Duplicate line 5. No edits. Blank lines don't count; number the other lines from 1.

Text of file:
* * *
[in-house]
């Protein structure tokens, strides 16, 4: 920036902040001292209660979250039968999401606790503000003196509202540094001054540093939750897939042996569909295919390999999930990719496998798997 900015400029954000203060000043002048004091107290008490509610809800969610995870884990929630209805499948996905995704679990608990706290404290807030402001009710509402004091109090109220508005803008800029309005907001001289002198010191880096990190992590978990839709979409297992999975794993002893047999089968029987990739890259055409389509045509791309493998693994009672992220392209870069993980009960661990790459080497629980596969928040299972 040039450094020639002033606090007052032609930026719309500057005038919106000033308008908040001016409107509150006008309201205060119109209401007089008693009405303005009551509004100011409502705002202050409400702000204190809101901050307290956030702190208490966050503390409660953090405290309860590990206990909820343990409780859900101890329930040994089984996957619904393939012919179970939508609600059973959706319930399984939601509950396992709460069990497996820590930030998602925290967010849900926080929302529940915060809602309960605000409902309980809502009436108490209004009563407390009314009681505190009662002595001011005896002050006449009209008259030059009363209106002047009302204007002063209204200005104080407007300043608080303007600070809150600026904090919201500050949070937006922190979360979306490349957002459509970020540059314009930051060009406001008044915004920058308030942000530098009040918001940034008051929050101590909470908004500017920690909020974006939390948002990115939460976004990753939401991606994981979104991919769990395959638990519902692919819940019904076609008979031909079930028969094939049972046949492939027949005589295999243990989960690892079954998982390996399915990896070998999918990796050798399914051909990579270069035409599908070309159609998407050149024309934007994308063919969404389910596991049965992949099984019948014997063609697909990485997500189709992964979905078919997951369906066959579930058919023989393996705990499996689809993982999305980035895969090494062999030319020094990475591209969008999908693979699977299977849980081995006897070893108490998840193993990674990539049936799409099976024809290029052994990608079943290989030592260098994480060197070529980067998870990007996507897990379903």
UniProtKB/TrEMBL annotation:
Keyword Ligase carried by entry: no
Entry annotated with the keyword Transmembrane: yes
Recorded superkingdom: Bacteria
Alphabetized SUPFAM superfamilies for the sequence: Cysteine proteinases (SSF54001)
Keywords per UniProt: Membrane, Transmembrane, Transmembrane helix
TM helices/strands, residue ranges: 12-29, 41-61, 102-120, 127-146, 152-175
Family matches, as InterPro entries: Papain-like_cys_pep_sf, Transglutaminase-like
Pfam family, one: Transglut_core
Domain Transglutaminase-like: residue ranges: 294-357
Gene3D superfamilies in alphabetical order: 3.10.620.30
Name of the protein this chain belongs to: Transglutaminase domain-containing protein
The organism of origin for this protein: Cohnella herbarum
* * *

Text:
Entry annotated with the keyword Transmembrane: yes